“This man held the sentiments that shaped the department. This is a reckoning for institutional change,” Lett told THE CITY. “I don’t trust him or the people he trained of being stewards of mental health to Black women.[7]

“Jeffrey Lieberman’s comment is not surprising given psychiatry’s long history of fueling racism and harming African Americans and minorities.” – Rev. Frederick Shaw

In April 2021, the APA issued a formal apology over what it called psychiatry’s “role in perpetrating structural racism” and “history of actions…that hurt Black, Indigenous, and People of Color” (BIPOC).[8] It took them over 170 years to apologize, which the Task Force rejected.  APA’s response to Lieberman’s comment was unremarkable and self-serving. Its Board of Trustees issued a statement, saying it “reiterates its position that both racism and sexism harm the APA as an organization, the field of psychiatry, and the people and communities we serve. Past APA presidents do not speak for, or on behalf of, the APA.”[9]

Rev. Shaw says the APA needs to take a much stronger stand—removing Lieberman’s past presidential title and issuing other sanctions.

Lieberman’s post, with a photo of Ms. Gatwech, was not only racist but also sexist. “It is not a work of art made of black stone or granite,” read the original tweet, published by a user with the handle @zg4ever. Further, he wrote that Gatwech “is in the Guinness Book of World Records for the darkest skin on Earth. But in 2020, Guinness tweeted and clarified that it does not monitor skin tone.” [10]

Rev. Shaw, also a spokesperson for the mental health watchdog Citizens Commission on Human Rights International, which helped found the Task Force Against Racism and Modern-Day Eugenics, notes examples of psychiatry’s racist history:

  • In 1792 Benjamin Rush, the “father of American psychiatry,” declared that African American’s skin color derived from a “disease” called Negritude, which he theorized was a form of leprosy. The “cure” was when their skin turned “white.[11]

  • In the 1950s U.S. psychiatrist J.C. Carothers argued that in many ways the African resembles a European 8- or 9-year-old child in his reaction to the environment. He compared Africans to a “leucotomized European.”[12]


  • 1960s: Psychiatrists claimed civil rights protests caused violent “schizophrenic” symptoms in “Negro populations,” calling this “protest psychosis.” African American men were said to have developed “hostile and aggressive feelings” and “delusional anti-whiteness after listening to civil rights leaders.” Ads for antipsychotics used African symbols to reflect so-called “violent traits” in Blacks.[13]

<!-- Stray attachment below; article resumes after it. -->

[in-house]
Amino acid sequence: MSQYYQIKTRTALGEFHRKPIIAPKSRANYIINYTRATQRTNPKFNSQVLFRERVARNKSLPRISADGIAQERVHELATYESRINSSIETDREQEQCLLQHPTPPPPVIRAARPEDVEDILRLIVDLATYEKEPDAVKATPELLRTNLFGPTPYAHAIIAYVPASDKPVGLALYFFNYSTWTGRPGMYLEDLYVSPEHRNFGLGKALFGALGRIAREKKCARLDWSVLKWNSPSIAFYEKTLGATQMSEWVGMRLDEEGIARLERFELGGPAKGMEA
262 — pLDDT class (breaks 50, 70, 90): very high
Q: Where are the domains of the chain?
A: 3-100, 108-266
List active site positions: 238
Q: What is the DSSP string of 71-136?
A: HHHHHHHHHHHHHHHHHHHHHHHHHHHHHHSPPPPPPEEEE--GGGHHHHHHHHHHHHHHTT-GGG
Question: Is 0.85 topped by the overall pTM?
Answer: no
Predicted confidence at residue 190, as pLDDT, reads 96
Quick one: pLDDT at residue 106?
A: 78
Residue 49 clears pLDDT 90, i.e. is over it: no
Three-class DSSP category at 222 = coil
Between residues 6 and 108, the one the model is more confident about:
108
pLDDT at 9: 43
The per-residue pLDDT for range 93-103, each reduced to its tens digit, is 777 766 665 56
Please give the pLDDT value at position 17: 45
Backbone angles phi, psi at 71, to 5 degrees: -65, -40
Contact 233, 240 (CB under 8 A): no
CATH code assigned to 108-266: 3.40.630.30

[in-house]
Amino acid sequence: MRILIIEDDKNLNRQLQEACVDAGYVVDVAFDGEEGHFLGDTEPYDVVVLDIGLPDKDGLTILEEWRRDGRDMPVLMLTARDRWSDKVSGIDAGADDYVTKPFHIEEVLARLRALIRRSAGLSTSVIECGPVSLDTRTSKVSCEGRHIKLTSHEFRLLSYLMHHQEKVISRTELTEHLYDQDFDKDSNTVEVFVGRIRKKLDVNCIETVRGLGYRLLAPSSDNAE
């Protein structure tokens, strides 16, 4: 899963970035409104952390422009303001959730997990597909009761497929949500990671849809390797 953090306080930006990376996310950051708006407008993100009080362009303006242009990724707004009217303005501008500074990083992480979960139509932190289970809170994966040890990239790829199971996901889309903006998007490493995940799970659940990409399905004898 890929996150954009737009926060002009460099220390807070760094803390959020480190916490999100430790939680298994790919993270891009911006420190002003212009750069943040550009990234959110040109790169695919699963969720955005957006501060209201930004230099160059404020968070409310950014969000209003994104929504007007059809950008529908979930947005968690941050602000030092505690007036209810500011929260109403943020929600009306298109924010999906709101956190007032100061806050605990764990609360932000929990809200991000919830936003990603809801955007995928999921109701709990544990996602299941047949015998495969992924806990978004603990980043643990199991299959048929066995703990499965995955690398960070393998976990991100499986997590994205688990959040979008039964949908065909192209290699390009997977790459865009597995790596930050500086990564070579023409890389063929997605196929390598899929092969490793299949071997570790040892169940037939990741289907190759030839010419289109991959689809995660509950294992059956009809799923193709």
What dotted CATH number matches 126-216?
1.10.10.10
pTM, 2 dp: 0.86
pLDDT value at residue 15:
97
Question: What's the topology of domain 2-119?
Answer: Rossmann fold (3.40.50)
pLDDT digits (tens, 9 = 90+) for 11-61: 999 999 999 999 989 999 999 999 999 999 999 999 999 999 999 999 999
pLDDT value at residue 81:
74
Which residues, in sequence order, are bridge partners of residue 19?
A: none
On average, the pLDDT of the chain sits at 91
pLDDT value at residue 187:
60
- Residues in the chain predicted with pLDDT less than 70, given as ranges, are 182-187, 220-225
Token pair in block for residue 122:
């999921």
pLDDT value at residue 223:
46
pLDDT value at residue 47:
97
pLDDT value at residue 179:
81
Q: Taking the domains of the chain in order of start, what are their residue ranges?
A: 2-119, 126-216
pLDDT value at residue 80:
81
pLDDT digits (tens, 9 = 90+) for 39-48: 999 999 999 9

• 1990s: NIMH Director, psychiatrist Frederick Goodwin, compared Black youth to “hyperaggressive” and “hypersexual” monkeys in a jungle who only want to kill one another, have sex and reproduce. He was forced to resign. He helped developed a “Violence Initiative” program to look for a “violent” gene in African Americans and Hispanics that could be controlled by psychiatric drugs, including the antidepressant Prozac—known to cause violent and suicidal behavior.[14]


  • 1990s: As reported by The Black Chronicle, The New York State Psychiatric Institute has its own history of racial discrimination and questionable practices. The facility came under fire in 1998 after news broke of research involving Black and Latino children targeted to test a theory about criminal or violent behavior and given a drug that was later pulled from the market. According to The New York Times, the researchers targeted boys 6-10 who were the younger brothers of people labeled at the time as “delinquents.”


Shaw rejected explanations for Lieberman’s behavior, including Robert Klitzman, a professor of psychiatry at Columbia, who described the episode as “unfortunate” and said it “really highlights how deep and pervasive some of our own unconscious biases can be.”[15] “I don’t believe this was some ‘unconscious’ bias,” Shaw said. “You could never excuse slave owners’ brutality by saying they were ‘unconsciously’ indoctrinated in the fraudulent idea that Africans were genetically inferior to white humans, justifying their enslavement.”

Comments from others include:

  • “We condemn the racism and sexism reflected in Dr. Lieberman’s tweet and acknowledge and share the hurt, sadness, confusion, and distressing emotions you may be feeling,” Thomas Smith, the new acting director of the New York Psychiatric Institute and other leaders said in an email to staff. [16] 
  • “It’s unconscionable that anyone would post that anywhere—it is nothing but hurtful and propagates racism. That it was a psychiatrist in such a position of power and authority makes it that much worse. An apology is no longer enough—that is just words.” – Dr. Daniel Block, psychiatrist[17]